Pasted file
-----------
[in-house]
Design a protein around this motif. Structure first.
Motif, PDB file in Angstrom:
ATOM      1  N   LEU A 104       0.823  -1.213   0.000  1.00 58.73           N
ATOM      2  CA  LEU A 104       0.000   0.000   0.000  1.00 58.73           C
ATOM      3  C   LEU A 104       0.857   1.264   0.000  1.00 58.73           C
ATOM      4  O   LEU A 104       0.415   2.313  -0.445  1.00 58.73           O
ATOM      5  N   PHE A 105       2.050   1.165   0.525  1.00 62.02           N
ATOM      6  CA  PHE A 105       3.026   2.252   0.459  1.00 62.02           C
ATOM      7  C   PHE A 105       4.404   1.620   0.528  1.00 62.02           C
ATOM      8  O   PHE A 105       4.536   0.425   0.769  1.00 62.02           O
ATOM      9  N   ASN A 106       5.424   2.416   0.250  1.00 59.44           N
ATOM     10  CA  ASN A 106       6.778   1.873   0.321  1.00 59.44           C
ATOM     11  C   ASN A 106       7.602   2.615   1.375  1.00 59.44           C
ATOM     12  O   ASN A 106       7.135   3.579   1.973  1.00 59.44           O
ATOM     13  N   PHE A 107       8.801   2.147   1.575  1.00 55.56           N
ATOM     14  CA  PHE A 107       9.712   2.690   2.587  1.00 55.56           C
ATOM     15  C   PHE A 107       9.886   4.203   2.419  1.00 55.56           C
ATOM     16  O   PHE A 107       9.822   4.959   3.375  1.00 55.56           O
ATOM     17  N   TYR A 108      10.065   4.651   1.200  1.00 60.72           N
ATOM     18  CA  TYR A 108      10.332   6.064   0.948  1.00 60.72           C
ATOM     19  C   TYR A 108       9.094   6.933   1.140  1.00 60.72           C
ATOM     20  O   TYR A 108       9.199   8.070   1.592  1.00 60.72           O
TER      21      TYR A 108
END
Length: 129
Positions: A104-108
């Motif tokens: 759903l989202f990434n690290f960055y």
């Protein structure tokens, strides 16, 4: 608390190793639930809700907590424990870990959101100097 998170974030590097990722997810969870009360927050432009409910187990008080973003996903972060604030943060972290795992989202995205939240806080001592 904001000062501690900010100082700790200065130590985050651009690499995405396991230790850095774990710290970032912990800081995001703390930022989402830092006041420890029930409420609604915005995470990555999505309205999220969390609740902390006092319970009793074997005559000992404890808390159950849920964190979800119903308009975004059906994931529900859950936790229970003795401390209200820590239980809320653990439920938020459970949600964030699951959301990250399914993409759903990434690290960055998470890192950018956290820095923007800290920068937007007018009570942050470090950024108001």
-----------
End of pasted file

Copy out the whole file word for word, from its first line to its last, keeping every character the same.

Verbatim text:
[in-house]
Design a protein around this motif. Structure first.
Motif, PDB file in Angstrom:
ATOM      1  N   LEU A 104       0.823  -1.213   0.000  1.00 58.73           N
ATOM      2  CA  LEU A 104       0.000   0.000   0.000  1.00 58.73           C
ATOM      3  C   LEU A 104       0.857   1.264   0.000  1.00 58.73           C
ATOM      4  O   LEU A 104       0.415   2.313  -0.445  1.00 58.73           O
ATOM      5  N   PHE A 105       2.050   1.165   0.525  1.00 62.02           N
ATOM      6  CA  PHE A 105       3.026   2.252   0.459  1.00 62.02           C
ATOM      7  C   PHE A 105       4.404   1.620   0.528  1.00 62.02           C
ATOM      8  O   PHE A 105       4.536   0.425   0.769  1.00 62.02           O
ATOM      9  N   ASN A 106       5.424   2.416   0.250  1.00 59.44           N
ATOM     10  CA  ASN A 106       6.778   1.873   0.321  1.00 59.44           C
ATOM     11  C   ASN A 106       7.602   2.615   1.375  1.00 59.44           C
ATOM     12  O   ASN A 106       7.135   3.579   1.973  1.00 59.44           O
ATOM     13  N   PHE A 107       8.801   2.147   1.575  1.00 55.56           N
ATOM     14  CA  PHE A 107       9.712   2.690   2.587  1.00 55.56           C
ATOM     15  C   PHE A 107       9.886   4.203   2.419  1.00 55.56           C
ATOM     16  O   PHE A 107       9.822   4.959   3.375  1.00 55.56           O
ATOM     17  N   TYR A 108      10.065   4.651   1.200  1.00 60.72           N
ATOM     18  CA  TYR A 108      10.332   6.064   0.948  1.00 60.72           C
ATOM     19  C   TYR A 108       9.094   6.933   1.140  1.00 60.72           C
ATOM     20  O   TYR A 108       9.199   8.070   1.592  1.00 60.72           O
TER      21      TYR A 108
END
Length: 129
Positions: A104-108
């Motif tokens: 759903l989202f990434n690290f960055y």
């Protein structure tokens, strides 16, 4: 608390190793639930809700907590424990870990959101100097 998170974030590097990722997810969870009360927050432009409910187990008080973003996903972060604030943060972290795992989202995205939240806080001592 904001000062501690900010100082700790200065130590985050651009690499995405396991230790850095774990710290970032912990800081995001703390930022989402830092006041420890029930409420609604915005995470990555999505309205999220969390609740902390006092319970009793074997005559000992404890808390159950849920964190979800119903308009975004059906994931529900859950936790229970003795401390209200820590239980809320653990439920938020459970949600964030699951959301990250399914993409759903990434690290960055998470890192950018956290820095923007800290920068937007007018009570942050470090950024108001």